Exploring Space at the Intersection of Identity and Expression

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SPS Chapters on Outreach

Exploring Space at the Intersection of Identity and Expression


Stephanie Howell, SPS Associate Zone Councilor for Zone 14, University of Colorado Denver


Boushrah Kassir and Stephanie Howell pause for a photo before the PI&E Club outreach event. Photos courtesy of the PI&E Club at the University of Colorado Denver.

On an unusually rainy summer Tuesday, the Physics Identity & Expression (PI&E) Club at the University of Colorado Denver transformed the ordinary event room of the Aurora Public Library into a journey into outer space, a place where elementary-aged children could learn, discover, and explore fascinating aspects of our solar system.

The purpose of PI&E Club, which falls under the umbrella of our SPS chapter, is to be a forum for physics students from a variety of backgrounds to socialize and discuss prevalent issues facing women and minorities in the field, and to foster interest in physics and STEM through outreach. The beauty of the PI&E Club is that it exists at the intersection between identity and expression, meaning that during outreach events, we have the potential to redefine what kids think a physicist looks like.


Young visitors to the Aurora Public Library enjoy learning about the solar system.

When I was elected vice president in the fall of last year, one of my goals was to help the club reach its full potential through outreach programs. I did this by first connecting with faculty member Kathryn Hamilton, who has a history of organizing and hosting outreach events. Over the next couple of months, the PI&E Club president, Boushrah Kassir, and I met with her regularly. Where would we host the event? What would the theme be? What supplies did we need? We took inspiration from the SPS Science Outreach Catalyst Kit (SOCK) and decided to host an event on space and the upcoming solar eclipse, which the library advertised in its summer newsletter.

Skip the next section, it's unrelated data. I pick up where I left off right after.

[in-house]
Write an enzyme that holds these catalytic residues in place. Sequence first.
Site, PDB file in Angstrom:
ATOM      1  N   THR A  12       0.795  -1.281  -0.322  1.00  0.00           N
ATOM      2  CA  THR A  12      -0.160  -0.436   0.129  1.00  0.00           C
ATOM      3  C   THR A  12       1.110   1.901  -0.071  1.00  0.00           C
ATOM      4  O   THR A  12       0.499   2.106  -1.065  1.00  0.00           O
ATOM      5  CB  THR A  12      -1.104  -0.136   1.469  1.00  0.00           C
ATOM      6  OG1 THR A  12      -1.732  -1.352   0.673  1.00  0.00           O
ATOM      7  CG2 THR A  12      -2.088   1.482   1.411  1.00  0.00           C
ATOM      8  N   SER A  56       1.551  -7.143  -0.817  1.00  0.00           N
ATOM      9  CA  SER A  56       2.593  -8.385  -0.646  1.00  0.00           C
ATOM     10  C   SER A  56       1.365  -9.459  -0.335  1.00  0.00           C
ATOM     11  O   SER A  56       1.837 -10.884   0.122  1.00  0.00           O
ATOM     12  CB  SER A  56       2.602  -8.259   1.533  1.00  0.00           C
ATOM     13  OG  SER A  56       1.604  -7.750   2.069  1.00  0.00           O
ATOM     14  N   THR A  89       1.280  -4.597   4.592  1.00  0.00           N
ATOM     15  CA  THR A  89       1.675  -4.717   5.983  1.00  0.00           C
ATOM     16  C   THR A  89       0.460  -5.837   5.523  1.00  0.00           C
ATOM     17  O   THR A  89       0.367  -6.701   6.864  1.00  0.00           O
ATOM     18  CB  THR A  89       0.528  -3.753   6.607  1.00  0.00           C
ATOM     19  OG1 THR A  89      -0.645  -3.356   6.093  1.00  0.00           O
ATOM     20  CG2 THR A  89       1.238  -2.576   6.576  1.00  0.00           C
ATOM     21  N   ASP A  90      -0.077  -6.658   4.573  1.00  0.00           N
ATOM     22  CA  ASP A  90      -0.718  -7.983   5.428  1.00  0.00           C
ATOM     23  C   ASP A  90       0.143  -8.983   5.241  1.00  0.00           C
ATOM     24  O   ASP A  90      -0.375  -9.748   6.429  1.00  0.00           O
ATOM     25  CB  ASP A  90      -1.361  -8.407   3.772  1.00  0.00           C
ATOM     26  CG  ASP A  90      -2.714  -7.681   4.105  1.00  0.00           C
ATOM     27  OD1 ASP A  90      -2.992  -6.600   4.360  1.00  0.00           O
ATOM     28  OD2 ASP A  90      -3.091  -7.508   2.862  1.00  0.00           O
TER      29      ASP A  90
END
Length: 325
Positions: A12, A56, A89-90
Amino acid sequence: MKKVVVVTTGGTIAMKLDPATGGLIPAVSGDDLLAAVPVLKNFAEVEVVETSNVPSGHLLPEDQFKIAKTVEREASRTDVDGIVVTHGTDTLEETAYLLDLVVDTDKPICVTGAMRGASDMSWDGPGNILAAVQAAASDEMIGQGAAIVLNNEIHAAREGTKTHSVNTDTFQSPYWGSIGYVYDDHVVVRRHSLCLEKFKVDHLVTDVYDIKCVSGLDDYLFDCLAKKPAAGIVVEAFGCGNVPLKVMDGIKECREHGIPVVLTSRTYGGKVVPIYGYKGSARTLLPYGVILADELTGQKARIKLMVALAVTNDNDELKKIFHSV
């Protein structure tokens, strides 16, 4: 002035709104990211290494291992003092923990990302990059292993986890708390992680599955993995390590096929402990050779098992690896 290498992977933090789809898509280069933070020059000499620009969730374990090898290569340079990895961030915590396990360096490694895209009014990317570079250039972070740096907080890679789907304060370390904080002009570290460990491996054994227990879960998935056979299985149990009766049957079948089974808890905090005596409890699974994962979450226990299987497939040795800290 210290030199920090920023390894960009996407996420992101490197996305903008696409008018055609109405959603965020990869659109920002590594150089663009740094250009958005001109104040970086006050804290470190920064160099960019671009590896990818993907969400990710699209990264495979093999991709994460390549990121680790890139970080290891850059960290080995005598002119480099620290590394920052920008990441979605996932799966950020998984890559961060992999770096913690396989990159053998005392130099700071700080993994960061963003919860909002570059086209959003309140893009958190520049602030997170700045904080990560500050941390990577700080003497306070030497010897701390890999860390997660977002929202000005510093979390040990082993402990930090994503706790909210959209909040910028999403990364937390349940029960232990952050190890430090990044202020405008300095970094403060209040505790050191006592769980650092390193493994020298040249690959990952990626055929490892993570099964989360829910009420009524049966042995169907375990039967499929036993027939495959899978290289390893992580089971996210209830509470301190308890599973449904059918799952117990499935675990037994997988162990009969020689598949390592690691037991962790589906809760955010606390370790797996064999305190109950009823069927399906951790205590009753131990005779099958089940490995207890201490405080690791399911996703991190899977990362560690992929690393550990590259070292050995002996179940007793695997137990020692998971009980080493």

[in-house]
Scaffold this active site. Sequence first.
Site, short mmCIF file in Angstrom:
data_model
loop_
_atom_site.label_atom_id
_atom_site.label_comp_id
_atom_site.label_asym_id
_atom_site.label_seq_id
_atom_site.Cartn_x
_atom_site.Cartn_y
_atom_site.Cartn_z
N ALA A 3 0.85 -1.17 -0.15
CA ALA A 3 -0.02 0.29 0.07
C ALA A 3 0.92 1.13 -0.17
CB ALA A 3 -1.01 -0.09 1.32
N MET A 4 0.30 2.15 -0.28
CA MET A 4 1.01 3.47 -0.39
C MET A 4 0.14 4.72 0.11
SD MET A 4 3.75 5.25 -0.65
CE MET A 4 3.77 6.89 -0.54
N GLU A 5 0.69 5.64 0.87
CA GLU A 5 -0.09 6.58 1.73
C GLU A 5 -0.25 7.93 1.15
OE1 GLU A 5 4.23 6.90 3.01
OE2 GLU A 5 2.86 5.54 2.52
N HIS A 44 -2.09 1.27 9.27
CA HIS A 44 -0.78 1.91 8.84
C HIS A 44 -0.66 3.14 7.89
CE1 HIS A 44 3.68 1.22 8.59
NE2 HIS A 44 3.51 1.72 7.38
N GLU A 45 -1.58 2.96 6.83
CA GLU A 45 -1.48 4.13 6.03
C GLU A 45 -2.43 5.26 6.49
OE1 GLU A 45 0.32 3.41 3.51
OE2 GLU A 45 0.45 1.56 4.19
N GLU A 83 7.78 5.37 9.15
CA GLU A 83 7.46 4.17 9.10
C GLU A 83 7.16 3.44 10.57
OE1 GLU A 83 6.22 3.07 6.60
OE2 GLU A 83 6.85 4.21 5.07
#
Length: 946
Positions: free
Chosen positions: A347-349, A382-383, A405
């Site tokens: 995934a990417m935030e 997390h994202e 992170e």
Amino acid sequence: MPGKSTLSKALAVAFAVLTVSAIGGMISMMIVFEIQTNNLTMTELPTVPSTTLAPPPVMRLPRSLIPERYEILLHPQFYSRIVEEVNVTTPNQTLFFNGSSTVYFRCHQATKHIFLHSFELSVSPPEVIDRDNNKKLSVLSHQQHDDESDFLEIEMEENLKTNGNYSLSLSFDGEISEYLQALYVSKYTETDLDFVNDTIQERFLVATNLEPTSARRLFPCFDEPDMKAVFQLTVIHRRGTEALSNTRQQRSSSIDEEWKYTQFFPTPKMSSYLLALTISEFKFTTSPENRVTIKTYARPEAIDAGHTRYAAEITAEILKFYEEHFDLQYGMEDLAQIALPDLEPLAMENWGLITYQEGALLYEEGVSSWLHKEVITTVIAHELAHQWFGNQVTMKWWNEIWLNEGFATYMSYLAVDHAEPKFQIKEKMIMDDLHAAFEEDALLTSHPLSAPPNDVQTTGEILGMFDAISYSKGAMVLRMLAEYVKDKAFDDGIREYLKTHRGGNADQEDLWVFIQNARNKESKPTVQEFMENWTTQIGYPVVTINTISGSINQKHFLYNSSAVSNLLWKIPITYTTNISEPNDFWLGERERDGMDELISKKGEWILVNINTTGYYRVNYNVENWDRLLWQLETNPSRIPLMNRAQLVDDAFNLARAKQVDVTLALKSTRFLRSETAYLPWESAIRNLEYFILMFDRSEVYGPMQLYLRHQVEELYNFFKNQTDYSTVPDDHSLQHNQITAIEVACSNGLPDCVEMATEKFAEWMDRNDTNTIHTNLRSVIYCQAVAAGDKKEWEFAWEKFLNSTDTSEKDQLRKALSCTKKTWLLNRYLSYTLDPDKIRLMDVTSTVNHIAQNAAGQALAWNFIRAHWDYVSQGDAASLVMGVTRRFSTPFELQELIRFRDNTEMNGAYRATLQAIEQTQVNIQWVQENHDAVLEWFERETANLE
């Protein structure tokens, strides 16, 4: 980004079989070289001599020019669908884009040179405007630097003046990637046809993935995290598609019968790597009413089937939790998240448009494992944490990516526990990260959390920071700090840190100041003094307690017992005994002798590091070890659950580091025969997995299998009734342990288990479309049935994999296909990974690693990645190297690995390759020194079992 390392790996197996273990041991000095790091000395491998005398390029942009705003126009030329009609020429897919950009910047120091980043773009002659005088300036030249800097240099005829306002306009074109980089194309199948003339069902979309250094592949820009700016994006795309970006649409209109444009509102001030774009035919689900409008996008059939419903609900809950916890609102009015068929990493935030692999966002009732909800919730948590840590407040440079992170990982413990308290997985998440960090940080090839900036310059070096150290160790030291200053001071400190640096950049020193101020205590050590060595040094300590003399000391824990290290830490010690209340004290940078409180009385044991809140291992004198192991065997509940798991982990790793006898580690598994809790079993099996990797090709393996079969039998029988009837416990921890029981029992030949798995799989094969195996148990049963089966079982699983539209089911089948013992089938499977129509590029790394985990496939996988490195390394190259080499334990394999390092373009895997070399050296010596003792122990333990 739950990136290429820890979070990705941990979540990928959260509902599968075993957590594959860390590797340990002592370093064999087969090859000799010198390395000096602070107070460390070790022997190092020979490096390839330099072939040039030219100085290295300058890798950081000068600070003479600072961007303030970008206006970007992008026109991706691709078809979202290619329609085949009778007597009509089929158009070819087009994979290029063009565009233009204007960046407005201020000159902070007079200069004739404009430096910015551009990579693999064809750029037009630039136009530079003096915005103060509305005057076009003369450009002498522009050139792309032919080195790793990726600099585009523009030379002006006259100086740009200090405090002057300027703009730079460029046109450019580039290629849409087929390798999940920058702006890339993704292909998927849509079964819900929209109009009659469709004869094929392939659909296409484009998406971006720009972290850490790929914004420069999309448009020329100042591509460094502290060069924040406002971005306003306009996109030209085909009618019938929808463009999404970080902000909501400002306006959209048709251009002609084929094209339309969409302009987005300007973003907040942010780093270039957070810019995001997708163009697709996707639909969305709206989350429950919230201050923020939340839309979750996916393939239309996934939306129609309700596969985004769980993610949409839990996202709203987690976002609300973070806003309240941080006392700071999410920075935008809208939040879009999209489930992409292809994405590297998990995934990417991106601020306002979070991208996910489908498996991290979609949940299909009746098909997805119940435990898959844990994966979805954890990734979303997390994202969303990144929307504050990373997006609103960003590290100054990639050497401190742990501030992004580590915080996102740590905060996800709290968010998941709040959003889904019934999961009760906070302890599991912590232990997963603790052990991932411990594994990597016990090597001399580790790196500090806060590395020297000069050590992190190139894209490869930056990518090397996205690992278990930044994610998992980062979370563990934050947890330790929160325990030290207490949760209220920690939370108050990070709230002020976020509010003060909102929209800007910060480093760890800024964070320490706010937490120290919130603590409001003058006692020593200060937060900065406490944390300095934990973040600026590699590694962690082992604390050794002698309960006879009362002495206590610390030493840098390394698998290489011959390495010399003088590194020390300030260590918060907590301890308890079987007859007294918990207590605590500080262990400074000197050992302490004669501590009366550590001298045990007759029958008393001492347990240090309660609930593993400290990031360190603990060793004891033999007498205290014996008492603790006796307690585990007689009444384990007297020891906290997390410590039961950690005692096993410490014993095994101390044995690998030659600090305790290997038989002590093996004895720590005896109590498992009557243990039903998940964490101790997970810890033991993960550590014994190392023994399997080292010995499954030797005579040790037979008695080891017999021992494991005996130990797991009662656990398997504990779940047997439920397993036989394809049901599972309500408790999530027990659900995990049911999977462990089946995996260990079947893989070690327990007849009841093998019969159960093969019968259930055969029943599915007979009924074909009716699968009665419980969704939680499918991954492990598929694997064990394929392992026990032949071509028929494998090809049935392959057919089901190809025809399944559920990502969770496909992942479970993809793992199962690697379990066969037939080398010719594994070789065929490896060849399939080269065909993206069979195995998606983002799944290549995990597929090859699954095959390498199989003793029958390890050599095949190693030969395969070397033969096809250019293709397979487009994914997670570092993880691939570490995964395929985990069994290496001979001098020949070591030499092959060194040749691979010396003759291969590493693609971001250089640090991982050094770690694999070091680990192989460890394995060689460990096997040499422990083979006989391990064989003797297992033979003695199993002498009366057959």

The event opened with a brief slideshow introducing the planets in our solar system along with the Moon and Sun, how these celestial bodies move, and how this movement is responsible for different kinds of eclipses. We encouraged the children to ask lots of questions and share their thoughts throughout the presentation.


Kids create their own pinhole cameras for eclipse viewing.

We ended the presentation by announcing when the next solar eclipse would be visible in Colorado and how to see it safely. Then we helped the kids act out planetary motion using inflatable planets. Each child had the opportunity to be either the stationary Sun or an orbiting planet. To close the program, each child created and decorated their own pinhole camera, made from a shoebox, to take home.

Through the hard work and dedication of many, the Aurora Public Library, which serves one of the most diverse areas in the state of Colorado, became a hub of learning and discovery during our outreach program. The attendees were engaged, and we showed them a more diverse picture of what physicists look like than is often portrayed. We look forward to future opportunities to share the wonders of science with our community through our commitment to fostering curiosity and education, ensuring that young minds everywhere understand that physics is for everyone!

Get Money for Inclusive Outreach Events

Future Faces of Physics Awards of up to $600 are available for chapter programs or events that promote physics and astronomy across cultures. Applications are due November 15 each year. Learn more at spsnational.org/awards/future-faces

Eclipse Info

Learn more about the April 2024 eclipse from the American Astronomical Society at eclipse.aas.org and check out the SPS resources at sigmapisigma.org/sigmapisigma/eclipse.  


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SPS Chapters on Outreach